How to Make an Offer You Can Afford

You’re finally ready to make an offer after weeks—or perhaps months—of planning, preparing and searching. This is an important step of the home buying process, and it’s an area where your real estate agent will truly earn his/her stripes.

Making an offer you can afford is a bit like a game of poker. You want to keep your emotions in check, balancing against the realities of the market. You don’t want to be so excited that you tip your hand to the seller. On the other hand, you don’t want to be so conservative that you bid too low and lose out.

If you’ve taken the important step of getting pre-approved for a mortgage, you know exactly how much you can afford. This way, you’ll be less likely to get caught up in a bidding war that will carry you above your price point.

Of course, the interest and potential competition for a property depends on market conditions. If it’s a buyer’s market, you hold the cards and you’ll be confident in knowing there are other options out there. If, however, it’s a seller’s market, acting fast to make an offer that you can afford and is acceptable to the seller is a combination of instinct, preparation and the experience of your RE/MAX agent.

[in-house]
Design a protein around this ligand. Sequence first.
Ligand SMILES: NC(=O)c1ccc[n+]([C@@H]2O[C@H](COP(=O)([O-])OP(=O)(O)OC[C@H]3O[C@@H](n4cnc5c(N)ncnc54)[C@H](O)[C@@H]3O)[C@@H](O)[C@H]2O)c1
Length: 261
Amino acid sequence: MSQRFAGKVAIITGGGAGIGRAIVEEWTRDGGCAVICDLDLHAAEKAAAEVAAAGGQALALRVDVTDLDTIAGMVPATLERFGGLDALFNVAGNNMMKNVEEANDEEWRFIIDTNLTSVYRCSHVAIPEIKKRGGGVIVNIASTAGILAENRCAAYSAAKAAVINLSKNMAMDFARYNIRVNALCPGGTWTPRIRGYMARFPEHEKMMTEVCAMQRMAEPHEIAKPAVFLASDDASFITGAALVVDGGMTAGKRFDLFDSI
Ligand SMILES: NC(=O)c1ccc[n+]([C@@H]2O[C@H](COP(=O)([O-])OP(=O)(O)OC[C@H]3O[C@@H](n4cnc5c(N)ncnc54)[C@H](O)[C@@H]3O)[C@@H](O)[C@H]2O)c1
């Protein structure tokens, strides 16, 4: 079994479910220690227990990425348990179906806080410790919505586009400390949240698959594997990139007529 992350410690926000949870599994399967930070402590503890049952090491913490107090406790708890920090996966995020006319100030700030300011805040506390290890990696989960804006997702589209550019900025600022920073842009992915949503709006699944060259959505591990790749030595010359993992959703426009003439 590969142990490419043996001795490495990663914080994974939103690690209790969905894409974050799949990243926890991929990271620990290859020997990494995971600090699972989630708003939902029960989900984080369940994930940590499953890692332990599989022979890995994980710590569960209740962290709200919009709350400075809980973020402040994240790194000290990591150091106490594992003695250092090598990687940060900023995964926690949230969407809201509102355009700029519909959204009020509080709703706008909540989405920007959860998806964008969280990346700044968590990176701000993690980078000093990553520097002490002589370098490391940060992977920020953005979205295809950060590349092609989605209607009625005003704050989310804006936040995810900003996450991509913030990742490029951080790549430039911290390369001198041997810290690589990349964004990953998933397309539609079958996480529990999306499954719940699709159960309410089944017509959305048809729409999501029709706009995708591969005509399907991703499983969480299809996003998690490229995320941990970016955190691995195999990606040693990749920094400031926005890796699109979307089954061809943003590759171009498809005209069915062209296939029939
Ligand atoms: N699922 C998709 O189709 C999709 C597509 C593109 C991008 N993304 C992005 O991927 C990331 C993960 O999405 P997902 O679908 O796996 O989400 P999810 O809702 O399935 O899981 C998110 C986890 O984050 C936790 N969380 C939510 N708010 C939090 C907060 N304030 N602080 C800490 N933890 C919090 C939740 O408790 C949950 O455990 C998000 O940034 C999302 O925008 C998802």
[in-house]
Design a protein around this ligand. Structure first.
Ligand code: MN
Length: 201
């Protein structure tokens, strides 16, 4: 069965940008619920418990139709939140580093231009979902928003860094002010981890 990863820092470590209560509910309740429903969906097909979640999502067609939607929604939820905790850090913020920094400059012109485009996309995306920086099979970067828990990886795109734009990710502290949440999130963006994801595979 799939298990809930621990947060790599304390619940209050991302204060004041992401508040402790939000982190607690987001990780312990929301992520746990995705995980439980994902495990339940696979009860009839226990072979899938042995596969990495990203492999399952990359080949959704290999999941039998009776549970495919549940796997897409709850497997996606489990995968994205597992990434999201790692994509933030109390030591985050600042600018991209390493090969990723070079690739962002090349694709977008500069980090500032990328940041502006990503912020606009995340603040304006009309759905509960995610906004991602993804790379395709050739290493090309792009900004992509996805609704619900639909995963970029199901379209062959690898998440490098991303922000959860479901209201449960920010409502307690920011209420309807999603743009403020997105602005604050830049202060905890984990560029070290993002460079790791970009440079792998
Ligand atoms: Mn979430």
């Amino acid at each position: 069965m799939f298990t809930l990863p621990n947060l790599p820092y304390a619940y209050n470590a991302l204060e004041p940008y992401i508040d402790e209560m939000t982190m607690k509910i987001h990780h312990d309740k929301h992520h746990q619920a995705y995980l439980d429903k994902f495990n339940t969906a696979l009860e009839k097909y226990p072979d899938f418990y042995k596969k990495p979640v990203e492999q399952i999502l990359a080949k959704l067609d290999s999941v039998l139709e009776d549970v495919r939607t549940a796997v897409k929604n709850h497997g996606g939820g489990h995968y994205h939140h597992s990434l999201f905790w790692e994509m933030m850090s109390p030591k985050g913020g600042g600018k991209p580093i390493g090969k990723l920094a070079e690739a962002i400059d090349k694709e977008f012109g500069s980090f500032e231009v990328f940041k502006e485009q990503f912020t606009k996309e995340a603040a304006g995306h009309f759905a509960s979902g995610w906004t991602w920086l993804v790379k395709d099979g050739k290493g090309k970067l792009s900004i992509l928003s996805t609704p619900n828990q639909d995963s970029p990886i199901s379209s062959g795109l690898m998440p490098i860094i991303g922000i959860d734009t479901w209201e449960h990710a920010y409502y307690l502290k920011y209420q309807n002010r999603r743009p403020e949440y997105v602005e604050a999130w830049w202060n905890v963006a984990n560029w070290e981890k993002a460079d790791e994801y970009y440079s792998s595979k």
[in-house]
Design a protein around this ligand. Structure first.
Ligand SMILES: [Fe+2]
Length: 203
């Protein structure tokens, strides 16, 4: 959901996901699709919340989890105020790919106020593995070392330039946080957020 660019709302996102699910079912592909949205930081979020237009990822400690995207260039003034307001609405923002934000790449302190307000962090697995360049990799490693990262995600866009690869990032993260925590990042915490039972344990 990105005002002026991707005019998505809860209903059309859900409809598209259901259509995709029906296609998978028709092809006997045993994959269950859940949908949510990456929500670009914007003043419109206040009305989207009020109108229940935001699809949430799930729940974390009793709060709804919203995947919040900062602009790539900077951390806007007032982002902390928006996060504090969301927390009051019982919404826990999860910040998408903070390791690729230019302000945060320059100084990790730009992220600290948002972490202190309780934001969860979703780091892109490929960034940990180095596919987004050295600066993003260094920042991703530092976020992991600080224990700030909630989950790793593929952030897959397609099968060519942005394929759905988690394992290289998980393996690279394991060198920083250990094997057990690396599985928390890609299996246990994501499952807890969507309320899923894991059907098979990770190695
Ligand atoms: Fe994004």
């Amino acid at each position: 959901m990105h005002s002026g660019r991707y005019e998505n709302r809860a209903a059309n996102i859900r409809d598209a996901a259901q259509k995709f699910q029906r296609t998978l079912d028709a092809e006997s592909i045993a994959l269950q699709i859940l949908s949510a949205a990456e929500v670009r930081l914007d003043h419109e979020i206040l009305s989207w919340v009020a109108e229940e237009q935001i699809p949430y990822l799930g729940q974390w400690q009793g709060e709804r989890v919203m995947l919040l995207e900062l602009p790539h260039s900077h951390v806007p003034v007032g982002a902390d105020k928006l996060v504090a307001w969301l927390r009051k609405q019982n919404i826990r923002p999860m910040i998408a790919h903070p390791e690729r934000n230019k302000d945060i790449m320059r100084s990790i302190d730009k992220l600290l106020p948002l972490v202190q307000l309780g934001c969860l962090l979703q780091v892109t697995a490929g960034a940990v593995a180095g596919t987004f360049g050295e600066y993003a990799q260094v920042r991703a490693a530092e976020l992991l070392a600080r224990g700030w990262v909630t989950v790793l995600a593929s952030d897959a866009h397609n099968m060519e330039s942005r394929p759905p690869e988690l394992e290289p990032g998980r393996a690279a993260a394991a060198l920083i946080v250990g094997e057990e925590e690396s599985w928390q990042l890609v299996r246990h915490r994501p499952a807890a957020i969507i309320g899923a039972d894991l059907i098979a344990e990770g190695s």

An Important Tool to Avoid a Bidding War

One of the most important tools you have when it comes times to make an offer are the comparables your RE/MAX agent generates from the Multiple Listings Service (MLS). These are excellent snapshot reports into the recent sales activity of comparable properties in the same neighbourhood. You can see important information such as original and adjusted asking prices, number of days properties were on the market, listing agent history and actual selling prices.

Once you have this information, weighed against the details of the home you’re making an offer for, you will feel tremendously empowered to make an informed decision, and less likely to enter a bidding war.

Find the RIGHT real estate agent for you, using our Agent Interview Checklist. This resource will help you identify the questions you should ask in order to compare potential options and make an informed decision.